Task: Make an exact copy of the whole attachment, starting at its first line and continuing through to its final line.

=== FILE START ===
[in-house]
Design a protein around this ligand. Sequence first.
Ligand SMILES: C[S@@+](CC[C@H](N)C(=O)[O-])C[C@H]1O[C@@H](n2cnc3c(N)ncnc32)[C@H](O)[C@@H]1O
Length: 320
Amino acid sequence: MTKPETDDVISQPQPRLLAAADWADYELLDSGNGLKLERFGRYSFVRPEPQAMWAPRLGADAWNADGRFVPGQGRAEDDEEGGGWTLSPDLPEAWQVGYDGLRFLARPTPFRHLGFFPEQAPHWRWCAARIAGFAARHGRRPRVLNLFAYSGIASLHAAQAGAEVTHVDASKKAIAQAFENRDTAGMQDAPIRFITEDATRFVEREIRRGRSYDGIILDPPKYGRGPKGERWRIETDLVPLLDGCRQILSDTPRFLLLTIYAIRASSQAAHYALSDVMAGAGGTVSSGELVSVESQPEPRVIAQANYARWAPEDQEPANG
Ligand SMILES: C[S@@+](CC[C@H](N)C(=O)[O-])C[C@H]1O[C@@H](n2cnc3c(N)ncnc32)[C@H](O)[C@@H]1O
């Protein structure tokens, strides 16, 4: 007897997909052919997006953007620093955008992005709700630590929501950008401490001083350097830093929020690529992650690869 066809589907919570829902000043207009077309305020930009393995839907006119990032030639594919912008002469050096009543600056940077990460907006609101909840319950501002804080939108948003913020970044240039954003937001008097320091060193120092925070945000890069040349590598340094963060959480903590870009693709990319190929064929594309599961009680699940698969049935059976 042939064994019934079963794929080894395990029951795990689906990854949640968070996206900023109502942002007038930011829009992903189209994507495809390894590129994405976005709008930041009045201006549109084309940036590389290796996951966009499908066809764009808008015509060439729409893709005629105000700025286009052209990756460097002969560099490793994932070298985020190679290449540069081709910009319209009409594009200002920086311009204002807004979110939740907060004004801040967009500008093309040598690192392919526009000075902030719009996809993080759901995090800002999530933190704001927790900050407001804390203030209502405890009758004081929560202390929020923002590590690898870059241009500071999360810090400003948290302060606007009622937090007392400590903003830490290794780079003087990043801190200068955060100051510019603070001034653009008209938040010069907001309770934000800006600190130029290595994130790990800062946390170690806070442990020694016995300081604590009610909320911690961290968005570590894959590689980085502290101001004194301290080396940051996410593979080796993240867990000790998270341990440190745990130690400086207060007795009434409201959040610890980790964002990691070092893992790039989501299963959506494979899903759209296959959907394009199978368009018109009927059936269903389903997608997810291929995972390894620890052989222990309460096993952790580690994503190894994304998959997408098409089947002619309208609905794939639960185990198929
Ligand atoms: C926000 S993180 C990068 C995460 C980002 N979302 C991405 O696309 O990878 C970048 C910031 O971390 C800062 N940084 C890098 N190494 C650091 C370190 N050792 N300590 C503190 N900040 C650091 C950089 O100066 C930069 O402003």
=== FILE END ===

[in-house]
Design a protein around this ligand. Sequence first.
Ligand SMILES: C[S@@+](CC[C@H](N)C(=O)[O-])C[C@H]1O[C@@H](n2cnc3c(N)ncnc32)[C@H](O)[C@@H]1O
Length: 320
Amino acid sequence: MTKPETDDVISQPQPRLLAAADWADYELLDSGNGLKLERFGRYSFVRPEPQAMWAPRLGADAWNADGRFVPGQGRAEDDEEGGGWTLSPDLPEAWQVGYDGLRFLARPTPFRHLGFFPEQAPHWRWCAARIAGFAARHGRRPRVLNLFAYSGIASLHAAQAGAEVTHVDASKKAIAQAFENRDTAGMQDAPIRFITEDATRFVEREIRRGRSYDGIILDPPKYGRGPKGERWRIETDLVPLLDGCRQILSDTPRFLLLTIYAIRASSQAAHYALSDVMAGAGGTVSSGELVSVESQPEPRVIAQANYARWAPEDQEPANG
Ligand SMILES: C[S@@+](CC[C@H](N)C(=O)[O-])C[C@H]1O[C@@H](n2cnc3c(N)ncnc32)[C@H](O)[C@@H]1O
């Protein structure tokens, strides 16, 4: 007897997909052919997006953007620093955008992005709700630590929501950008401490001083350097830093929020690529992650690869 066809589907919570829902000043207009077309305020930009393995839907006119990032030639594919912008002469050096009543600056940077990460907006609101909840319950501002804080939108948003913020970044240039954003937001008097320091060193120092925070945000890069040349590598340094963060959480903590870009693709990319190929064929594309599961009680699940698969049935059976 042939064994019934079963794929080894395990029951795990689906990854949640968070996206900023109502942002007038930011829009992903189209994507495809390894590129994405976005709008930041009045201006549109084309940036590389290796996951966009499908066809764009808008015509060439729409893709005629105000700025286009052209990756460097002969560099490793994932070298985020190679290449540069081709910009319209009409594009200002920086311009204002807004979110939740907060004004801040967009500008093309040598690192392919526009000075902030719009996809993080759901995090800002999530933190704001927790900050407001804390203030209502405890009758004081929560202390929020923002590590690898870059241009500071999360810090400003948290302060606007009622937090007392400590903003830490290794780079003087990043801190200068955060100051510019603070001034653009008209938040010069907001309770934000800006600190130029290595994130790990800062946390170690806070442990020694016995300081604590009610909320911690961290968005570590894959590689980085502290101001004194301290080396940051996410593979080796993240867990000790998270341990440190745990130690400086207060007795009434409201959040610890980790964002990691070092893992790039989501299963959506494979899903759209296959959907394009199978368009018109009927059936269903389903997608997810291929995972390894620890052989222990309460096993952790580690994503190894994304998959997408098409089947002619309208609905794939639960185990198929
Ligand atoms: C926000 S993180 C990068 C995460 C980002 N979302 C991405 O696309 O990878 C970048 C910031 O971390 C800062 N940084 C890098 N190494 C650091 C370190 N050792 N300590 C503190 N900040 C650091 C950089 O100066 C930069 O402003």